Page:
“If you bite and devour each other, watch out or you will be destroyed by each other” (Galatians 5:15, NIV).

Since the founding of the Christian Church, each generation of believers has used available technology to share the Gospel of Jesus Christ. The writings of the apostles were copied and saved on scrolls, but before long they were collected in codex form. The printing press and less costly paper made written communication easier to distribute—the Bible itself, as well as books, sermons, tracts, and other explanations of the Bible’s message. Now the internet and social media have opened a new world of communication to the Church, making outreach, apologetics, and irenics easier than ever before. Printed material can be smuggled into a country that censures writing, but the internet sneaks across borders far more easily. Peter preached to thousands of people on Pentecost Day, but the potential audience for any internet posting can extend to many millions.

Those of us who belong to Jesus Christ have wonderful opportunities to share his promises with the world. I know that God blesses our efforts where and when he chooses. I know that all the saints on earth remain sinners, subject to the devil’s temptations to fumble our attempts to share the Gospel. My heart is broken, though, over the many samples I have seen of Christians tarnishing the name of Christ by failing to describe our hope with gentleness and respect. I am doubly heartbroken over the many times I have seen Christians debate one another online, not with mutual love and respect, but rather biting and devouring each other.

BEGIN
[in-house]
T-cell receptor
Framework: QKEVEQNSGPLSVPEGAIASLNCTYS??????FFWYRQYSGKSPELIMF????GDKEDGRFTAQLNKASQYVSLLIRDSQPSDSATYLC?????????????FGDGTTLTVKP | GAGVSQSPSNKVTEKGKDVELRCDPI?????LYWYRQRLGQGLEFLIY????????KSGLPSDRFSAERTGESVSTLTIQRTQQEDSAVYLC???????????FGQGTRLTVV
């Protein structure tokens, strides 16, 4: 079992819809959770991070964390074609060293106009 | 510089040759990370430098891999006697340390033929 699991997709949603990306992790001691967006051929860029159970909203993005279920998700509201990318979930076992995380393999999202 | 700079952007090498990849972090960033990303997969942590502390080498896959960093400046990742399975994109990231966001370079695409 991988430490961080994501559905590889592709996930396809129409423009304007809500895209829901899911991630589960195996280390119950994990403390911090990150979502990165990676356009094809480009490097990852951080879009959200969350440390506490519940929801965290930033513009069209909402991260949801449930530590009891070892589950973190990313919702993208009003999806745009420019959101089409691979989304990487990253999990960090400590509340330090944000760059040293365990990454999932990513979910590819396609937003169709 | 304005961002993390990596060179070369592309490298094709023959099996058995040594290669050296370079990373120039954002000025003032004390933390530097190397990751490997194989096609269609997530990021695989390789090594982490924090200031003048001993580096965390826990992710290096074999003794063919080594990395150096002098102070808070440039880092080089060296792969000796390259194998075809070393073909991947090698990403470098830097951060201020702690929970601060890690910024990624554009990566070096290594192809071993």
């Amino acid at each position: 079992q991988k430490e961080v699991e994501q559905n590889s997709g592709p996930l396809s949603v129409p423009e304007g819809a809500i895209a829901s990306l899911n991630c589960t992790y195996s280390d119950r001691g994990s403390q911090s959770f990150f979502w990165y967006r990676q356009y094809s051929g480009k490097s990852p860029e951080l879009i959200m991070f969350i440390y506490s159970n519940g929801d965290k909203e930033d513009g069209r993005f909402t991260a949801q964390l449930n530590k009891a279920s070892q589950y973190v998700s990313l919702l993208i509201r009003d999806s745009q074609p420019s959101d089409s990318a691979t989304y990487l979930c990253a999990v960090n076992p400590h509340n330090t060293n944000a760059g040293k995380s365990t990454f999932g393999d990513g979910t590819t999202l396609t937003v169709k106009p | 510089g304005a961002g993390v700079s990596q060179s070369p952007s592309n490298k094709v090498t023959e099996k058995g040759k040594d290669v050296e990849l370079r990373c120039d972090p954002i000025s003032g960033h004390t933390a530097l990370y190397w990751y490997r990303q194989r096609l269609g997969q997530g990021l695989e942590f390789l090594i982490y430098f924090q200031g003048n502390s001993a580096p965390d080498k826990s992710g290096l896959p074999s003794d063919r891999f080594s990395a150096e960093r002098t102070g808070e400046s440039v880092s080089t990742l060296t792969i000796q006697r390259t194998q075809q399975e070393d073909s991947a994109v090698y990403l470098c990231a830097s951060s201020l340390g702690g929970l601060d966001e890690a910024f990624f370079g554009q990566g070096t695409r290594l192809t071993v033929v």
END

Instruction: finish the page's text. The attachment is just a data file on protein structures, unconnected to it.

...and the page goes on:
Written communication has pitfalls, and those pitfalls only increase on the internet. Much of our personal communication is helped with facial expressions, body language, and variations in tone of voice that do not appear in writing. (Emoticons help a little, but only a little.) Close friends sometimes develop a banter that, to strangers, sounds hurtful and even abusive. Language that amuses some people repels others. As Christians post and as we comment on other posts, I believe we need to keep certain ideas in mind so our words bring glory to Christ and his Church rather than embarrassment and shame.